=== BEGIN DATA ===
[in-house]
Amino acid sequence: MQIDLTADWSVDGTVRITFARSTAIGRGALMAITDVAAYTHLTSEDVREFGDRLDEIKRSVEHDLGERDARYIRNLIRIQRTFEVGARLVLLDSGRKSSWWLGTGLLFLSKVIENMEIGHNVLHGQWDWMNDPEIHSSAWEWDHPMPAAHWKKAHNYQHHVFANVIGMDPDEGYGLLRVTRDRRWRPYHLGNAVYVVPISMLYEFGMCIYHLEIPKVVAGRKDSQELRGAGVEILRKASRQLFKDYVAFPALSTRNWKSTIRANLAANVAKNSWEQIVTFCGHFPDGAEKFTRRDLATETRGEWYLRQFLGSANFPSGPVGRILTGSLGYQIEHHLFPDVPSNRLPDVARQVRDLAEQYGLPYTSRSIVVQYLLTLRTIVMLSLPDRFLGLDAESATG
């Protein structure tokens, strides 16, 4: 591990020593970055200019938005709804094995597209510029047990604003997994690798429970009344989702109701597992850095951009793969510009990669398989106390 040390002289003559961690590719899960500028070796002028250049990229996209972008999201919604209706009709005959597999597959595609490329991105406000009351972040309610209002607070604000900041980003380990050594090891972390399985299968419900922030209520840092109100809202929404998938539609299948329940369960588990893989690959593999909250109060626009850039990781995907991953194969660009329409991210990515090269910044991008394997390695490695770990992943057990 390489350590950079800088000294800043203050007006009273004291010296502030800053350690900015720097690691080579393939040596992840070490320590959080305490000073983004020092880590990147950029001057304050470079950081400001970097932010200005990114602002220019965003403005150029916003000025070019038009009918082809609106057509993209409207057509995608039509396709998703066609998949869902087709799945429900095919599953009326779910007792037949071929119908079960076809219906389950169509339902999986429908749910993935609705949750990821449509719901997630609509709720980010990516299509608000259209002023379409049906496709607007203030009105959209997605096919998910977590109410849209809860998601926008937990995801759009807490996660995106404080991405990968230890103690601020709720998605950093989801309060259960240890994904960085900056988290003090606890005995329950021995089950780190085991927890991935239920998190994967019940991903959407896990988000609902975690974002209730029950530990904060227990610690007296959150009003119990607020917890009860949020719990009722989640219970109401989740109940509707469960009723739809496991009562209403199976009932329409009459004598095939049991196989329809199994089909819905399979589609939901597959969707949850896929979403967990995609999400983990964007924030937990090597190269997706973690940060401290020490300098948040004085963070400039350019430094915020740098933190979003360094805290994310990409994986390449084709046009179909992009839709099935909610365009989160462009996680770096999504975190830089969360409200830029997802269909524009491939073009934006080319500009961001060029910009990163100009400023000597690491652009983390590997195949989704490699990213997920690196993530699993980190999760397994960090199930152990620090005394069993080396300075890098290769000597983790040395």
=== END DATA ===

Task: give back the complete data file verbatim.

[in-house]
Amino acid sequence: MQIDLTADWSVDGTVRITFARSTAIGRGALMAITDVAAYTHLTSEDVREFGDRLDEIKRSVEHDLGERDARYIRNLIRIQRTFEVGARLVLLDSGRKSSWWLGTGLLFLSKVIENMEIGHNVLHGQWDWMNDPEIHSSAWEWDHPMPAAHWKKAHNYQHHVFANVIGMDPDEGYGLLRVTRDRRWRPYHLGNAVYVVPISMLYEFGMCIYHLEIPKVVAGRKDSQELRGAGVEILRKASRQLFKDYVAFPALSTRNWKSTIRANLAANVAKNSWEQIVTFCGHFPDGAEKFTRRDLATETRGEWYLRQFLGSANFPSGPVGRILTGSLGYQIEHHLFPDVPSNRLPDVARQVRDLAEQYGLPYTSRSIVVQYLLTLRTIVMLSLPDRFLGLDAESATG
């Protein structure tokens, strides 16, 4: 591990020593970055200019938005709804094995597209510029047990604003997994690798429970009344989702109701597992850095951009793969510009990669398989106390 040390002289003559961690590719899960500028070796002028250049990229996209972008999201919604209706009709005959597999597959595609490329991105406000009351972040309610209002607070604000900041980003380990050594090891972390399985299968419900922030209520840092109100809202929404998938539609299948329940369960588990893989690959593999909250109060626009850039990781995907991953194969660009329409991210990515090269910044991008394997390695490695770990992943057990 390489350590950079800088000294800043203050007006009273004291010296502030800053350690900015720097690691080579393939040596992840070490320590959080305490000073983004020092880590990147950029001057304050470079950081400001970097932010200005990114602002220019965003403005150029916003000025070019038009009918082809609106057509993209409207057509995608039509396709998703066609998949869902087709799945429900095919599953009326779910007792037949071929119908079960076809219906389950169509339902999986429908749910993935609705949750990821449509719901997630609509709720980010990516299509608000259209002023379409049906496709607007203030009105959209997605096919998910977590109410849209809860998601926008937990995801759009807490996660995106404080991405990968230890103690601020709720998605950093989801309060259960240890994904960085900056988290003090606890005995329950021995089950780190085991927890991935239920998190994967019940991903959407896990988000609902975690974002209730029950530990904060227990610690007296959150009003119990607020917890009860949020719990009722989640219970109401989740109940509707469960009723739809496991009562209403199976009932329409009459004598095939049991196989329809199994089909819905399979589609939901597959969707949850896929979403967990995609999400983990964007924030937990090597190269997706973690940060401290020490300098948040004085963070400039350019430094915020740098933190979003360094805290994310990409994986390449084709046009179909992009839709099935909610365009989160462009996680770096999504975190830089969360409200830029997802269909524009491939073009934006080319500009961001060029910009990163100009400023000597690491652009983390590997195949989704490699990213997920690196993530699993980190999760397994960090199930152990620090005394069993080396300075890098290769000597983790040395």